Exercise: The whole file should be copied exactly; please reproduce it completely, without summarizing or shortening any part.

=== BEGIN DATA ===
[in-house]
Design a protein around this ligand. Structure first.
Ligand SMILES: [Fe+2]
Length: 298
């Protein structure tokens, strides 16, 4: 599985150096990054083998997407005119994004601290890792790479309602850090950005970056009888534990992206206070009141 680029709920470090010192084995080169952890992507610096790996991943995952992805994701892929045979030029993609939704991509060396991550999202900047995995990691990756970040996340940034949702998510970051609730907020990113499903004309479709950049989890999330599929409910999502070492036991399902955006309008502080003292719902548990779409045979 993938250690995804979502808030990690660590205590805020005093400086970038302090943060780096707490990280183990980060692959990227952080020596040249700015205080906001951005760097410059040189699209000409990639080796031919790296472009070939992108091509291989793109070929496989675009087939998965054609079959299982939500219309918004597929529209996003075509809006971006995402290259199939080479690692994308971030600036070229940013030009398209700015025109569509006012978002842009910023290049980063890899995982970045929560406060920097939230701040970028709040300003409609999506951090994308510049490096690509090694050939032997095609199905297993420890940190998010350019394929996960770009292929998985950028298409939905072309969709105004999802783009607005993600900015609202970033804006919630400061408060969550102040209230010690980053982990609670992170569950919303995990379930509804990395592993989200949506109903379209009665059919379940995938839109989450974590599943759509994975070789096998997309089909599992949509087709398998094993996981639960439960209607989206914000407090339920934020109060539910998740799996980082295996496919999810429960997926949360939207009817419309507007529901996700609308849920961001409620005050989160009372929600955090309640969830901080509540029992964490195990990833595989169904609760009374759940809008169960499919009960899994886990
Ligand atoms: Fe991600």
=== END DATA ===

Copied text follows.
[in-house]
Design a protein around this ligand. Structure first.
Ligand SMILES: [Fe+2]
Length: 298
């Protein structure tokens, strides 16, 4: 599985150096990054083998997407005119994004601290890792790479309602850090950005970056009888534990992206206070009141 680029709920470090010192084995080169952890992507610096790996991943995952992805994701892929045979030029993609939704991509060396991550999202900047995995990691990756970040996340940034949702998510970051609730907020990113499903004309479709950049989890999330599929409910999502070492036991399902955006309008502080003292719902548990779409045979 993938250690995804979502808030990690660590205590805020005093400086970038302090943060780096707490990280183990980060692959990227952080020596040249700015205080906001951005760097410059040189699209000409990639080796031919790296472009070939992108091509291989793109070929496989675009087939998965054609079959299982939500219309918004597929529209996003075509809006971006995402290259199939080479690692994308971030600036070229940013030009398209700015025109569509006012978002842009910023290049980063890899995982970045929560406060920097939230701040970028709040300003409609999506951090994308510049490096690509090694050939032997095609199905297993420890940190998010350019394929996960770009292929998985950028298409939905072309969709105004999802783009607005993600900015609202970033804006919630400061408060969550102040209230010690980053982990609670992170569950919303995990379930509804990395592993989200949506109903379209009665059919379940995938839109989450974590599943759509994975070789096998997309089909599992949509087709398998094993996981639960439960209607989206914000407090339920934020109060539910998740799996980082295996496919999810429960997926949360939207009817419309507007529901996700609308849920961001409620005050989160009372929600955090309640969830901080509540029992964490195990990833595989169904609760009374759940809008169960499919009960899994886990
Ligand atoms: Fe991600």